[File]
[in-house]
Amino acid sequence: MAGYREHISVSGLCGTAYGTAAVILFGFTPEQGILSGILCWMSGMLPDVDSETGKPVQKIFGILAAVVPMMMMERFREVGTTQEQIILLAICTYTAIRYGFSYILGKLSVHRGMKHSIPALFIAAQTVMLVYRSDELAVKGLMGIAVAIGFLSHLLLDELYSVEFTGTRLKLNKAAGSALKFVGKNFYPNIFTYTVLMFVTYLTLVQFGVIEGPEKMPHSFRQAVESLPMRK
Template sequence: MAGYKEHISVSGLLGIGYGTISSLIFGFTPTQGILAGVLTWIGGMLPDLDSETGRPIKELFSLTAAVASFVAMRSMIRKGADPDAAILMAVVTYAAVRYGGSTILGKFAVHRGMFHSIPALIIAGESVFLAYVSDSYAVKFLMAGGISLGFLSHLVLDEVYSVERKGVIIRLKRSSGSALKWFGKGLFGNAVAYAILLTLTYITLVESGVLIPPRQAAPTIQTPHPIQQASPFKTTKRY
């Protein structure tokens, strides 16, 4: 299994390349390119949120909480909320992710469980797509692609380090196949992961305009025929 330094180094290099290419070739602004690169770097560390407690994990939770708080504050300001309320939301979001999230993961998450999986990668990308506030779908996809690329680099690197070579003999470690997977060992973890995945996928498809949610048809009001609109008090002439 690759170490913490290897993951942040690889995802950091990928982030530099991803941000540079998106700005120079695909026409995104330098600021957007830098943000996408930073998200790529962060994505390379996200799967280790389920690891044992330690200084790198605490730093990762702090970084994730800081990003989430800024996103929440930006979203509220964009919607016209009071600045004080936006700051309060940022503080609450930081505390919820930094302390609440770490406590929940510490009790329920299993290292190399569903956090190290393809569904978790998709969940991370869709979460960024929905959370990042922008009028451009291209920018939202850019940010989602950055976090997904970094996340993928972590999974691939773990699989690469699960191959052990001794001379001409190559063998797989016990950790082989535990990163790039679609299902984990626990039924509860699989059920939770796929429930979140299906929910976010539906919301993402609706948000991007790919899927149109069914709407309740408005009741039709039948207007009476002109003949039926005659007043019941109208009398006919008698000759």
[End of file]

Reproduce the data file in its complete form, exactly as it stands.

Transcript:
[in-house]
Amino acid sequence: MAGYREHISVSGLCGTAYGTAAVILFGFTPEQGILSGILCWMSGMLPDVDSETGKPVQKIFGILAAVVPMMMMERFREVGTTQEQIILLAICTYTAIRYGFSYILGKLSVHRGMKHSIPALFIAAQTVMLVYRSDELAVKGLMGIAVAIGFLSHLLLDELYSVEFTGTRLKLNKAAGSALKFVGKNFYPNIFTYTVLMFVTYLTLVQFGVIEGPEKMPHSFRQAVESLPMRK
Template sequence: MAGYKEHISVSGLLGIGYGTISSLIFGFTPTQGILAGVLTWIGGMLPDLDSETGRPIKELFSLTAAVASFVAMRSMIRKGADPDAAILMAVVTYAAVRYGGSTILGKFAVHRGMFHSIPALIIAGESVFLAYVSDSYAVKFLMAGGISLGFLSHLVLDEVYSVERKGVIIRLKRSSGSALKWFGKGLFGNAVAYAILLTLTYITLVESGVLIPPRQAAPTIQTPHPIQQASPFKTTKRY
């Protein structure tokens, strides 16, 4: 299994390349390119949120909480909320992710469980797509692609380090196949992961305009025929 330094180094290099290419070739602004690169770097560390407690994990939770708080504050300001309320939301979001999230993961998450999986990668990308506030779908996809690329680099690197070579003999470690997977060992973890995945996928498809949610048809009001609109008090002439 690759170490913490290897993951942040690889995802950091990928982030530099991803941000540079998106700005120079695909026409995104330098600021957007830098943000996408930073998200790529962060994505390379996200799967280790389920690891044992330690200084790198605490730093990762702090970084994730800081990003989430800024996103929440930006979203509220964009919607016209009071600045004080936006700051309060940022503080609450930081505390919820930094302390609440770490406590929940510490009790329920299993290292190399569903956090190290393809569904978790998709969940991370869709979460960024929905959370990042922008009028451009291209920018939202850019940010989602950055976090997904970094996340993928972590999974691939773990699989690469699960191959052990001794001379001409190559063998797989016990950790082989535990990163790039679609299902984990626990039924509860699989059920939770796929429930979140299906929910976010539906919301993402609706948000991007790919899927149109069914709407309740408005009741039709039948207007009476002109003949039926005659007043019941109208009398006919008698000759």